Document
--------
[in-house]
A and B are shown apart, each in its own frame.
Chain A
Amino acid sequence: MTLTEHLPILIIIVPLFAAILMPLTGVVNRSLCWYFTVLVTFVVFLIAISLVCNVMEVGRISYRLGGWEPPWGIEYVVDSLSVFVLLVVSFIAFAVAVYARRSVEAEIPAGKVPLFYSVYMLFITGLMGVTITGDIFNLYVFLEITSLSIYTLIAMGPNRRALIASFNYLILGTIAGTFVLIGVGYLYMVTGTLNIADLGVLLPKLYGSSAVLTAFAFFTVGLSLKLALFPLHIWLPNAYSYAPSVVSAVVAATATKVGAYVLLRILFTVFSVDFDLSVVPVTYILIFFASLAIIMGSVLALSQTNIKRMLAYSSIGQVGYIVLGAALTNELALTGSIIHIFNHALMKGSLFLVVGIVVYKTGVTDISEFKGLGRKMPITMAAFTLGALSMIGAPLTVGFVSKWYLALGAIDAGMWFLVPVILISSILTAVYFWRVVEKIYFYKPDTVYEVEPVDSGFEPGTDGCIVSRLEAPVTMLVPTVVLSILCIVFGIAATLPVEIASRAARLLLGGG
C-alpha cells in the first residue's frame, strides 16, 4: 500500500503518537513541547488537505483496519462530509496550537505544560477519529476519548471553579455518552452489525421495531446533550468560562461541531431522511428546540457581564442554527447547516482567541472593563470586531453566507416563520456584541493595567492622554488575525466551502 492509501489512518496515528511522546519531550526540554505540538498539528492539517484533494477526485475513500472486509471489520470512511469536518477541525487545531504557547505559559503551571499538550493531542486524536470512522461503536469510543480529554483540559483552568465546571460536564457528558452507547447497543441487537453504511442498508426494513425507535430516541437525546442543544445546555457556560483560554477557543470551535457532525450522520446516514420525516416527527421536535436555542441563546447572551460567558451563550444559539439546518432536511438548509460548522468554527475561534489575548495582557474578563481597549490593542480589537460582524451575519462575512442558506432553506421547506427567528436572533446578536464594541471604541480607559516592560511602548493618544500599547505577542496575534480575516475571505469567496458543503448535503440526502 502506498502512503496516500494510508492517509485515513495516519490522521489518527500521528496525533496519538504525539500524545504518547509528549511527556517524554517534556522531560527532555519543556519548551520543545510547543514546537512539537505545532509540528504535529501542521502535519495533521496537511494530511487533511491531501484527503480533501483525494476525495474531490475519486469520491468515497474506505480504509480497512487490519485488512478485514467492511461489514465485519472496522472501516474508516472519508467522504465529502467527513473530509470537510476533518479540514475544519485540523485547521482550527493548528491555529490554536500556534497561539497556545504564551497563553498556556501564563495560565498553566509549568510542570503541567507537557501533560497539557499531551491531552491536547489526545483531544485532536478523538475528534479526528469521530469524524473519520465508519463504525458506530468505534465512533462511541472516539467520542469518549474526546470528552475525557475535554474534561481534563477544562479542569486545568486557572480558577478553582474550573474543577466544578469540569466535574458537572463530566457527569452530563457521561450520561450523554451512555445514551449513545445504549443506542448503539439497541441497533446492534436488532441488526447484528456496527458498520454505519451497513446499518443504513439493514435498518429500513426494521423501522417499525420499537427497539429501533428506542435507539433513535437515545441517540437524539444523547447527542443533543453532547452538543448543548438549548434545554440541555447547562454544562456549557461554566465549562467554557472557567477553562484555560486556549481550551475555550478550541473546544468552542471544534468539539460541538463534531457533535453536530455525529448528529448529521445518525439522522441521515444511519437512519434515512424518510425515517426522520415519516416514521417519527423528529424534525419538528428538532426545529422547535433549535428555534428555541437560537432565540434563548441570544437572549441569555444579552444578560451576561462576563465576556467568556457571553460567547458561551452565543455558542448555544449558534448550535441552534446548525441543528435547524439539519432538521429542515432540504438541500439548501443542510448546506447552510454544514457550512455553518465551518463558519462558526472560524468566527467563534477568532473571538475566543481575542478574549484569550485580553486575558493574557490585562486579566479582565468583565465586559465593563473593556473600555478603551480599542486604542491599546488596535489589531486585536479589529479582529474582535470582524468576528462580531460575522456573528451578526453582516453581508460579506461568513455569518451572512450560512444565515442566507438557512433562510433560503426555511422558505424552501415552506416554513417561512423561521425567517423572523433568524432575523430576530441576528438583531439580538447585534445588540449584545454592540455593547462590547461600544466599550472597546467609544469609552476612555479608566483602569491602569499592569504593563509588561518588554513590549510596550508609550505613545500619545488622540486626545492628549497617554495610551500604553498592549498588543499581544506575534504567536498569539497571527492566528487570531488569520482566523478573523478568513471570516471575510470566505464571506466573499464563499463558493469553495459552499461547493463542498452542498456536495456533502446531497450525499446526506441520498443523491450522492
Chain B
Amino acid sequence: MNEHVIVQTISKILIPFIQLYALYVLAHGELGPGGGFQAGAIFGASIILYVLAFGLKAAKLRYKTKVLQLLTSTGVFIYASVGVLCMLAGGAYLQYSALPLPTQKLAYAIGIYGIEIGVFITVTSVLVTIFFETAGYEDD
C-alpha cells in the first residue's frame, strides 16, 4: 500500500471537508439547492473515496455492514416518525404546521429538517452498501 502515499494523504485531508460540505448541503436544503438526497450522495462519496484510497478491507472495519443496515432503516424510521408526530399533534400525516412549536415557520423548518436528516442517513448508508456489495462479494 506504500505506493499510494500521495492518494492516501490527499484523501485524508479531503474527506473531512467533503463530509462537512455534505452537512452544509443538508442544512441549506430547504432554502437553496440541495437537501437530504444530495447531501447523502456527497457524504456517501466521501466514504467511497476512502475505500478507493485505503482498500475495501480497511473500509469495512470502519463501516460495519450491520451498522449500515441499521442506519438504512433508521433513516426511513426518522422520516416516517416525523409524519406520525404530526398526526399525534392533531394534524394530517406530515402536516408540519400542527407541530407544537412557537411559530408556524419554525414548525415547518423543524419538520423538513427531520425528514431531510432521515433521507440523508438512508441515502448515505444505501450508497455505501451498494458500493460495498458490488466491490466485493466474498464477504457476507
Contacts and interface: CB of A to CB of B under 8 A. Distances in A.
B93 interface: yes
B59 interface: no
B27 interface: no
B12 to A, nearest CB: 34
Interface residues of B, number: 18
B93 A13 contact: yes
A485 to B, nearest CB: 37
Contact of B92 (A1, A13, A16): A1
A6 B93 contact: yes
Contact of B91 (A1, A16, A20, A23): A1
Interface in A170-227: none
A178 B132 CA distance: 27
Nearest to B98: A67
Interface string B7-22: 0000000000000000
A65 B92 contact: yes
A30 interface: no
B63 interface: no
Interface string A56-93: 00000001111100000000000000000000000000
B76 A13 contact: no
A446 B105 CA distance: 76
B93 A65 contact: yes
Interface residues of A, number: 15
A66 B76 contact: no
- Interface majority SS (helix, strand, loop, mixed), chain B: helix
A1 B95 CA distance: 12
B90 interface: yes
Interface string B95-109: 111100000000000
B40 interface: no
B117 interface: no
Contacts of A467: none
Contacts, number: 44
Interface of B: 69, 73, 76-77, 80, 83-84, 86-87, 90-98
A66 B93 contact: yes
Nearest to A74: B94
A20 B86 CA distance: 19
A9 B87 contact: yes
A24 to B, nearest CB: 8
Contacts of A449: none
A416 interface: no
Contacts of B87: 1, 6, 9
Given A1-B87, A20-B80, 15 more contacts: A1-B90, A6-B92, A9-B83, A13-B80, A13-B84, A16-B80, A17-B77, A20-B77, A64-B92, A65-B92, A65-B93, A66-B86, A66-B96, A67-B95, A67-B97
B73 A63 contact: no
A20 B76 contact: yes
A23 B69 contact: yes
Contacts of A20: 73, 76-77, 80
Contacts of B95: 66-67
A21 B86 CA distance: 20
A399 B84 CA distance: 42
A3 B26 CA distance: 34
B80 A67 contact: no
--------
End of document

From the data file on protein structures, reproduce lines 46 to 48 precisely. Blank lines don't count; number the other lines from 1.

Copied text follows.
A24 to B, nearest CB: 8
Contacts of A449: none
A416 interface: no